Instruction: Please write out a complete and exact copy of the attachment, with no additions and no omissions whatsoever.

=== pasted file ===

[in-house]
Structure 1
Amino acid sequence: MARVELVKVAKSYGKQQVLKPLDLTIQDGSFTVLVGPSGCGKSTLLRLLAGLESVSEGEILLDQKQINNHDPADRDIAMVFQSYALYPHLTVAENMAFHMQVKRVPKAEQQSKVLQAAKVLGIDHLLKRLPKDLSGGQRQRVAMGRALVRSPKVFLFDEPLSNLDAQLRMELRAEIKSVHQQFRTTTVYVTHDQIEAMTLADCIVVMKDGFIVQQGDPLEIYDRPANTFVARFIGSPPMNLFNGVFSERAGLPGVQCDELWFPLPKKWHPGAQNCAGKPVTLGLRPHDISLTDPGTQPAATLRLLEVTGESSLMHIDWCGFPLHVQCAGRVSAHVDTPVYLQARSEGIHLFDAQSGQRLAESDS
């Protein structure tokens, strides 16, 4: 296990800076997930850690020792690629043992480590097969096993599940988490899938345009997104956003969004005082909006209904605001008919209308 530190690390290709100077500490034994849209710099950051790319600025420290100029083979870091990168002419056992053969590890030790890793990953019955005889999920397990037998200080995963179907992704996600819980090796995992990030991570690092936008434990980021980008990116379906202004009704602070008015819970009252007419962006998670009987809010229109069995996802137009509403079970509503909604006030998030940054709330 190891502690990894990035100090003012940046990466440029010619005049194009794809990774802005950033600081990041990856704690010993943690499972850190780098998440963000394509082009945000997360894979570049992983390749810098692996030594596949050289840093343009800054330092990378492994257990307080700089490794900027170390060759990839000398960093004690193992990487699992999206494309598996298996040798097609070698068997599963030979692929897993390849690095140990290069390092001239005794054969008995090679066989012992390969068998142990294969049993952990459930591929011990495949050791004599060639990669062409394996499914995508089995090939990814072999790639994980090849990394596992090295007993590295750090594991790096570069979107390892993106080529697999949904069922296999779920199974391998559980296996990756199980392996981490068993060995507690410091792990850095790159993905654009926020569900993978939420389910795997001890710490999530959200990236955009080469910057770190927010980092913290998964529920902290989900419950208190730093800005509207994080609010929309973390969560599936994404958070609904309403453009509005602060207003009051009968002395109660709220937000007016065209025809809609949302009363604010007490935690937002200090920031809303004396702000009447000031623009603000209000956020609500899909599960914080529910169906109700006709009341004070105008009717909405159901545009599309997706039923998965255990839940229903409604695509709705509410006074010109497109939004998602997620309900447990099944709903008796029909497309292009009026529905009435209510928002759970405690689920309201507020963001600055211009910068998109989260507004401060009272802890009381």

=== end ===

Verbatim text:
[in-house]
Structure 1
Amino acid sequence: MARVELVKVAKSYGKQQVLKPLDLTIQDGSFTVLVGPSGCGKSTLLRLLAGLESVSEGEILLDQKQINNHDPADRDIAMVFQSYALYPHLTVAENMAFHMQVKRVPKAEQQSKVLQAAKVLGIDHLLKRLPKDLSGGQRQRVAMGRALVRSPKVFLFDEPLSNLDAQLRMELRAEIKSVHQQFRTTTVYVTHDQIEAMTLADCIVVMKDGFIVQQGDPLEIYDRPANTFVARFIGSPPMNLFNGVFSERAGLPGVQCDELWFPLPKKWHPGAQNCAGKPVTLGLRPHDISLTDPGTQPAATLRLLEVTGESSLMHIDWCGFPLHVQCAGRVSAHVDTPVYLQARSEGIHLFDAQSGQRLAESDS
């Protein structure tokens, strides 16, 4: 296990800076997930850690020792690629043992480590097969096993599940988490899938345009997104956003969004005082909006209904605001008919209308 530190690390290709100077500490034994849209710099950051790319600025420290100029083979870091990168002419056992053969590890030790890793990953019955005889999920397990037998200080995963179907992704996600819980090796995992990030991570690092936008434990980021980008990116379906202004009704602070008015819970009252007419962006998670009987809010229109069995996802137009509403079970509503909604006030998030940054709330 190891502690990894990035100090003012940046990466440029010619005049194009794809990774802005950033600081990041990856704690010993943690499972850190780098998440963000394509082009945000997360894979570049992983390749810098692996030594596949050289840093343009800054330092990378492994257990307080700089490794900027170390060759990839000398960093004690193992990487699992999206494309598996298996040798097609070698068997599963030979692929897993390849690095140990290069390092001239005794054969008995090679066989012992390969068998142990294969049993952990459930591929011990495949050791004599060639990669062409394996499914995508089995090939990814072999790639994980090849990394596992090295007993590295750090594991790096570069979107390892993106080529697999949904069922296999779920199974391998559980296996990756199980392996981490068993060995507690410091792990850095790159993905654009926020569900993978939420389910795997001890710490999530959200990236955009080469910057770190927010980092913290998964529920902290989900419950208190730093800005509207994080609010929309973390969560599936994404958070609904309403453009509005602060207003009051009968002395109660709220937000007016065209025809809609949302009363604010007490935690937002200090920031809303004396702000009447000031623009603000209000956020609500899909599960914080529910169906109700006709009341004070105008009717909405159901545009599309997706039923998965255990839940229903409604695509709705509410006074010109497109939004998602997620309900447990099944709903008796029909497309292009009026529905009435209510928002759970405690689920309201507020963001600055211009910068998109989260507004401060009272802890009381």